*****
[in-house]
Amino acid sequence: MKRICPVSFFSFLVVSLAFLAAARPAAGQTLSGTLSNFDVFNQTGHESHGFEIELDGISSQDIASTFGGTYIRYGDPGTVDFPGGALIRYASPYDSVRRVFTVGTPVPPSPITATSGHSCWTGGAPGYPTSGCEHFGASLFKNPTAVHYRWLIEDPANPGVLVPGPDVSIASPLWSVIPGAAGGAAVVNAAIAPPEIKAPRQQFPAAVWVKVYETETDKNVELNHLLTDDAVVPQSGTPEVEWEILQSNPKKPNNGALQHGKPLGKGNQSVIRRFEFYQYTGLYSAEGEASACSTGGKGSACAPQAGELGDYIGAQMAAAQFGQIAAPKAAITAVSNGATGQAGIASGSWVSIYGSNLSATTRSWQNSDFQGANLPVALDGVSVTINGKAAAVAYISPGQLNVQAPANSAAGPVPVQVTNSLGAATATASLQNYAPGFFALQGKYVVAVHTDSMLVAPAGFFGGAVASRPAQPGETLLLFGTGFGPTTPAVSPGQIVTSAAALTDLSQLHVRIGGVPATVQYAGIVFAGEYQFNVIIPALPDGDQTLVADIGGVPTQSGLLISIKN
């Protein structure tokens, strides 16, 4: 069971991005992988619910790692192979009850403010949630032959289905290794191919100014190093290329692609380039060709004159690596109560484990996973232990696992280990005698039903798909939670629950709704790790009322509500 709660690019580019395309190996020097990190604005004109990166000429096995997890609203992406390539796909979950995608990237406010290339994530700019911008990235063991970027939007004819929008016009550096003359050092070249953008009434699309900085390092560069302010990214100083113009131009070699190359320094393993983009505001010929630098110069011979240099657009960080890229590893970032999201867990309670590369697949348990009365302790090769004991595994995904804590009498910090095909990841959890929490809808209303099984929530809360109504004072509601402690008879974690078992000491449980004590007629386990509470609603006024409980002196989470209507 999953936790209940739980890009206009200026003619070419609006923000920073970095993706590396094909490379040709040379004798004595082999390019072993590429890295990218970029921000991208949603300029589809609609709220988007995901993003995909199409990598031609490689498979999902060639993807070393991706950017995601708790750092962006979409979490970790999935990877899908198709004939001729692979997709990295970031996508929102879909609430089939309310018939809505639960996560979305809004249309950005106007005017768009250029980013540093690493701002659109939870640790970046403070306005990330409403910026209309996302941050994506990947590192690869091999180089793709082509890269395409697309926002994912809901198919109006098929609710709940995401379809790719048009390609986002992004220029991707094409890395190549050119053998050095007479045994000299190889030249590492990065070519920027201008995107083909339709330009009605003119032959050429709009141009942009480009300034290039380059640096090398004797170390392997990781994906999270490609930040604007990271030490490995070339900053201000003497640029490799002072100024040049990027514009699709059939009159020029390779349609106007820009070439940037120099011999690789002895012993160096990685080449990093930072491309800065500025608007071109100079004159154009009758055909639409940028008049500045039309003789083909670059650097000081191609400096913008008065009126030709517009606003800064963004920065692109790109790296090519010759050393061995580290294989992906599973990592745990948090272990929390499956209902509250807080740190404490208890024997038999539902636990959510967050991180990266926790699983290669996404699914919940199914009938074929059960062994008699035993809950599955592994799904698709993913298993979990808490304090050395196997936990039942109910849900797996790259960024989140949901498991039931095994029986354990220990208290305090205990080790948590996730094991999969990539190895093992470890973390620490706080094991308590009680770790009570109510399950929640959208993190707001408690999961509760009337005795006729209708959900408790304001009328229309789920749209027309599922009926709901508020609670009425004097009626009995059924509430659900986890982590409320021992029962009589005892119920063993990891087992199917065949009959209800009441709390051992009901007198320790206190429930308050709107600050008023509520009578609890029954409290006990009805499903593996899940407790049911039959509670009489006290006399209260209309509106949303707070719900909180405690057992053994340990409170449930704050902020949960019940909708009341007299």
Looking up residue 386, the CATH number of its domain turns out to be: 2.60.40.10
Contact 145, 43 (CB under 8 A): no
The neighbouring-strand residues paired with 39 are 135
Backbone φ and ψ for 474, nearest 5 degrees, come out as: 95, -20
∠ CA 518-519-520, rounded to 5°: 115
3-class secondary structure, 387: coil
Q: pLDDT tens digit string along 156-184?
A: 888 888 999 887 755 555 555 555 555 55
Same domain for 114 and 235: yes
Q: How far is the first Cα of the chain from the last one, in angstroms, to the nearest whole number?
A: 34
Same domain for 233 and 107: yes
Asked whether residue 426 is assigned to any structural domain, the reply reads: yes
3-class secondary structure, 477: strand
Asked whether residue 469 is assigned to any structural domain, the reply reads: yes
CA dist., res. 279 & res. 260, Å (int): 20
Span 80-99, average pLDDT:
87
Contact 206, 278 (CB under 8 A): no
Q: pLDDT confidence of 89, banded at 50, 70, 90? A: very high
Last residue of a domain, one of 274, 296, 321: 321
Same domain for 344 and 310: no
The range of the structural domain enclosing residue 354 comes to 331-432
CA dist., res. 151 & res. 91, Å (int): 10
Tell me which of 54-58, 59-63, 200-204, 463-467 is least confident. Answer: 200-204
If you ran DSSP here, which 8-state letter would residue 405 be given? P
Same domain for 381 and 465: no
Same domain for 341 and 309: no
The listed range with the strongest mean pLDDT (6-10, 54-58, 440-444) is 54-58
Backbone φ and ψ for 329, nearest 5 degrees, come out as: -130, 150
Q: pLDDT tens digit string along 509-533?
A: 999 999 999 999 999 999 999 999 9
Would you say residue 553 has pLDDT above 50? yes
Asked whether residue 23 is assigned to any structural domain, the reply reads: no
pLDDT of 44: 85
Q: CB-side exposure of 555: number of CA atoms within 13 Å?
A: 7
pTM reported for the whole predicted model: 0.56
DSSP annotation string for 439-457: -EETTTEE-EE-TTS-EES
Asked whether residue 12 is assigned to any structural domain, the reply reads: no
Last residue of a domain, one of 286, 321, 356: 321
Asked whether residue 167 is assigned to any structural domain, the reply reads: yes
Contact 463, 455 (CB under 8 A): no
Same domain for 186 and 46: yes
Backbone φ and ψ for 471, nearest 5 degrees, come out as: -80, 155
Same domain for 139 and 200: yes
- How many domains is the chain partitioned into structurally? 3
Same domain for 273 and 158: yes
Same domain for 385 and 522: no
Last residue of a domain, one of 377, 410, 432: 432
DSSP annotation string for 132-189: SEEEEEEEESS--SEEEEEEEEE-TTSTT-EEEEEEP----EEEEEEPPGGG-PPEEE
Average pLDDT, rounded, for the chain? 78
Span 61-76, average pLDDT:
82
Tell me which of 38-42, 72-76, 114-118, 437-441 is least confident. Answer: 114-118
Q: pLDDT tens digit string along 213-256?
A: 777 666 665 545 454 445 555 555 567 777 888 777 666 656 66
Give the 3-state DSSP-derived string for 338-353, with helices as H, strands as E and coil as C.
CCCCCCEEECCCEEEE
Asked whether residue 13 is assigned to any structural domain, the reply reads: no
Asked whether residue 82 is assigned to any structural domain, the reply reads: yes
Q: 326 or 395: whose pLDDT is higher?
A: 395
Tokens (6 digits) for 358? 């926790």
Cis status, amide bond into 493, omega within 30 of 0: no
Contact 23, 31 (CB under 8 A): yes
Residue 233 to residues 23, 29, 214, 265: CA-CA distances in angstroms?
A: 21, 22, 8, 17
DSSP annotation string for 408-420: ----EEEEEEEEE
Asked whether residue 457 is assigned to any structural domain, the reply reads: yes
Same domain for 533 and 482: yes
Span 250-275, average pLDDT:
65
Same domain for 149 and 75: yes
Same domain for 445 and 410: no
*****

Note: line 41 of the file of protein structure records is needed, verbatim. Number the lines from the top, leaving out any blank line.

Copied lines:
pTM reported for the whole predicted model: 0.56